Where the Security was concerned, the challenge was to create a look for the near-future, gun-toting police forces that didn’t look like other games. In the end, it was the full-face headgear that provided the uniqueness. The Look and The Bug are the most salient examples of this approach. The Look was intended to be vaguely reminiscent of the eyes and mouth-pieces of a jumping spider, and the Bug to resemble a Dia de Los Muertos skull, but Splash Damage took care to not be too heavy-handed with those kinds of analogies. There are a huge number of minor influences, but it all had to gel together into a cohesive whole of Brink-ness.

    "One of our biggest goals was to create a set of faces that were unique and expressive," Laurel Austin says. "Not just chisel-jawed heroes, but truly convincing individual characters who have led difficult lives in a difficult place. In the end, we drew a lot on the work of the artist Sebastian Krüger for inspiration in how best to create stylized and compelling faces. This resulted in a highly realistic, gritty level of detail, with features exaggerated just to the point of unreality. The style itself is important, but it also helped avoid the ever-present uncanny valley – the characters are not intended to look photo-realistic, so it’s easier to accept them when they don’t move in a fully naturalistic manner either."
     
    Colors
    Brink’s setting offered a lot of potential to play with colors. The simple fact that the whole environment is set at sea means a huge amount of light is available, with the water essentially acting as a giant mirror. Therefore the strong desire to bring colors back to a genre that was more used to desaturated tones and bloomy skies was perfectly justified! This amount of light generates greater color bleeding, allowing the level of color in the environments to be boosted. The result is very vibrant and vivid. For example, the rusted reds and oranges in the Shipyard area contrast heavily with the deep blue sky above.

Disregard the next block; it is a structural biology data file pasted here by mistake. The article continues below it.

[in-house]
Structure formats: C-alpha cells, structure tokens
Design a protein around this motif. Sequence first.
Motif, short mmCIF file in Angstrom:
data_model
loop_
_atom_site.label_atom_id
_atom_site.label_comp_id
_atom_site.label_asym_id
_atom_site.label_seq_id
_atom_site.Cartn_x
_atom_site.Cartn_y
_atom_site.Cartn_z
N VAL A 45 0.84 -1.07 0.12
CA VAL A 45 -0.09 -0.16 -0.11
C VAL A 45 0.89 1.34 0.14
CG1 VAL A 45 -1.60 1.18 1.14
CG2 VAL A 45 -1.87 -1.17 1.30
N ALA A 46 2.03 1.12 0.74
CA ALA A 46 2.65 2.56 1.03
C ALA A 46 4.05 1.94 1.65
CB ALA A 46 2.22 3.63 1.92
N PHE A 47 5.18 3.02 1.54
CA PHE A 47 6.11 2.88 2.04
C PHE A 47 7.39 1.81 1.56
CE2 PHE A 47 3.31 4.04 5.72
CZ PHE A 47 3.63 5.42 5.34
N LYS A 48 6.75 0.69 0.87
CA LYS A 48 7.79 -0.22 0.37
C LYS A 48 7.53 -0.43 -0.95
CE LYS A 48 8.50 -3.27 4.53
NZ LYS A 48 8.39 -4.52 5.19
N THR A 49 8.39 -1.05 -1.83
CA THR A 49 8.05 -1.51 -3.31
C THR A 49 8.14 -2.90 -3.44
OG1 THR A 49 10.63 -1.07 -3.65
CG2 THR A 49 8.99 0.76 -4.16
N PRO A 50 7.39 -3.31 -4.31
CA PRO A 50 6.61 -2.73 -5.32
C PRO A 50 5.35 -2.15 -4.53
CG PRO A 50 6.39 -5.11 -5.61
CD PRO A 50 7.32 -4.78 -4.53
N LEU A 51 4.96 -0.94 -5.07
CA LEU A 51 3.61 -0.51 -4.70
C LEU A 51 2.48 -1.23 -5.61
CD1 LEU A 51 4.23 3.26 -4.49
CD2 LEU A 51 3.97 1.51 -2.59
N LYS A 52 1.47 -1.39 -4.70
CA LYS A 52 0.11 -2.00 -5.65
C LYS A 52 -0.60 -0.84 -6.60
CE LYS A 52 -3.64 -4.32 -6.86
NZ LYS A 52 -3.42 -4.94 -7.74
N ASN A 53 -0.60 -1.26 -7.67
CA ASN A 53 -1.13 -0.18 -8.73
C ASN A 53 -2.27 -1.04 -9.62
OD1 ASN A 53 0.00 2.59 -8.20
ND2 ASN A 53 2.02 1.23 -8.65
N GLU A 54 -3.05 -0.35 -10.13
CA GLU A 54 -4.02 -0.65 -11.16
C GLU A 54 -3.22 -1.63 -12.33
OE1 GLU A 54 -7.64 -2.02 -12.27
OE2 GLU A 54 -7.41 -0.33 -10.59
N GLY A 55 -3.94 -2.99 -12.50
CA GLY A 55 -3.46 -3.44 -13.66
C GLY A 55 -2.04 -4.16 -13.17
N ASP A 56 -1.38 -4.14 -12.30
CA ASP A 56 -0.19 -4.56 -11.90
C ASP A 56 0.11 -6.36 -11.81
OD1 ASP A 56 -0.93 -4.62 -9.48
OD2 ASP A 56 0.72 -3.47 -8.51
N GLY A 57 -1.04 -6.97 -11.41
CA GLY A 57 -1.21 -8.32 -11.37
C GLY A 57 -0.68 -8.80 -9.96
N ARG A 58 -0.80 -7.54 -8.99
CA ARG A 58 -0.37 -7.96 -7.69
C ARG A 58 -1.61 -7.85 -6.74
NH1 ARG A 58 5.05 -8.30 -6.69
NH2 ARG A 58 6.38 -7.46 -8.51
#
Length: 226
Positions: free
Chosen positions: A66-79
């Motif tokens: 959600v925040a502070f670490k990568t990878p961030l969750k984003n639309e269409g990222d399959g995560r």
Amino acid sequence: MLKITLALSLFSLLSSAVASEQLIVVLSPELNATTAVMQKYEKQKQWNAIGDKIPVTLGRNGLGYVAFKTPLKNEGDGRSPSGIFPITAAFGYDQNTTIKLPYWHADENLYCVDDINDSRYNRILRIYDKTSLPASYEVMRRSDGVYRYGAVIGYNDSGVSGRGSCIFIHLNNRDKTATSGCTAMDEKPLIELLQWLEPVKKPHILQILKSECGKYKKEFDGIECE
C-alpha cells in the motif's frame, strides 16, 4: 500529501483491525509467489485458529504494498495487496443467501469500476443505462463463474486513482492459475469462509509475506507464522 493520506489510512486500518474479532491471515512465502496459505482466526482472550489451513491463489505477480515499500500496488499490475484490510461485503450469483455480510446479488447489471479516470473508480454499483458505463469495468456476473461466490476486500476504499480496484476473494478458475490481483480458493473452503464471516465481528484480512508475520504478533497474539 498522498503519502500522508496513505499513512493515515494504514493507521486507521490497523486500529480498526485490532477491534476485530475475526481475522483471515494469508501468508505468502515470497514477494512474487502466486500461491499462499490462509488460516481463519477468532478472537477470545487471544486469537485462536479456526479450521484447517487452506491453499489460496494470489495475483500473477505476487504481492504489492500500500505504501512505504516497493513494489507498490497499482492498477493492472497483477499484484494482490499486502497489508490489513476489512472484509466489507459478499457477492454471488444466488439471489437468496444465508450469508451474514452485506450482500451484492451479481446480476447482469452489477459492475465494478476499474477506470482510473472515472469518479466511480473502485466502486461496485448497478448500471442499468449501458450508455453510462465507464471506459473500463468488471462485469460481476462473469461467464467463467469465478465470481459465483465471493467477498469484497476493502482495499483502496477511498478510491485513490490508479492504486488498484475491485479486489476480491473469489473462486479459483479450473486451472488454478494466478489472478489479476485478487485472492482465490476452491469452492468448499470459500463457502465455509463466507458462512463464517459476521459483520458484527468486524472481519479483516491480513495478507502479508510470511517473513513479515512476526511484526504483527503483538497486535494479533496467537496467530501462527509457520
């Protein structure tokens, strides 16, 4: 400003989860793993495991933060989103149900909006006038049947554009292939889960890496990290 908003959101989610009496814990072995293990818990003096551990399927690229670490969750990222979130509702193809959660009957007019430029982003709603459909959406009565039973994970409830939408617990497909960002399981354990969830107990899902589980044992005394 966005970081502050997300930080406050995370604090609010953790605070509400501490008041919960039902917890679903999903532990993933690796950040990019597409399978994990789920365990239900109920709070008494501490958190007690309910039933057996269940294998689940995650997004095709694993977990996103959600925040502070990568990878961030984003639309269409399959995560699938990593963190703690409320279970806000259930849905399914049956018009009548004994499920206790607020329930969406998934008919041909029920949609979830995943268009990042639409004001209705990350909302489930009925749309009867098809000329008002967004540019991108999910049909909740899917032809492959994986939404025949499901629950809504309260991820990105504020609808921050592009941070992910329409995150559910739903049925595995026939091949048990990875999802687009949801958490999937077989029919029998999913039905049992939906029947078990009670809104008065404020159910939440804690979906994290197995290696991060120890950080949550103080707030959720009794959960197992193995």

A lot of inspiration for color and light came from Impressionist painters and their interest
    for new developments in color theory, such as achieving a more exact analysis of the
    effects of color and light in nature. They dropped the idea that any object’s shadow had
    to be made up from its color mixed with grey or black. Instead, they used complementary
    colors in shadows, a process that painter Edward Hopper (another major source of inspiration) uses a lot in his own work. "With Brink we really needed to challenge existing standards in the same way," explains Leonardi. "We wanted to change the way players see battlefields in first person shooters to something more distinct. We’re using a broad range of light and weather conditions: from underwater buildings to marinas to ship-breaker yards, we’ve put a lot of variety in the atmosphere on the game, but we always maintained a fair level of saturation in lighting and texturing."

    Related links:
    Brink
    Bethesda Software
    Splash Damage
    Olivier Leonardi
    Laurel Austin
    Tim Appleby
    Aaron Hoffman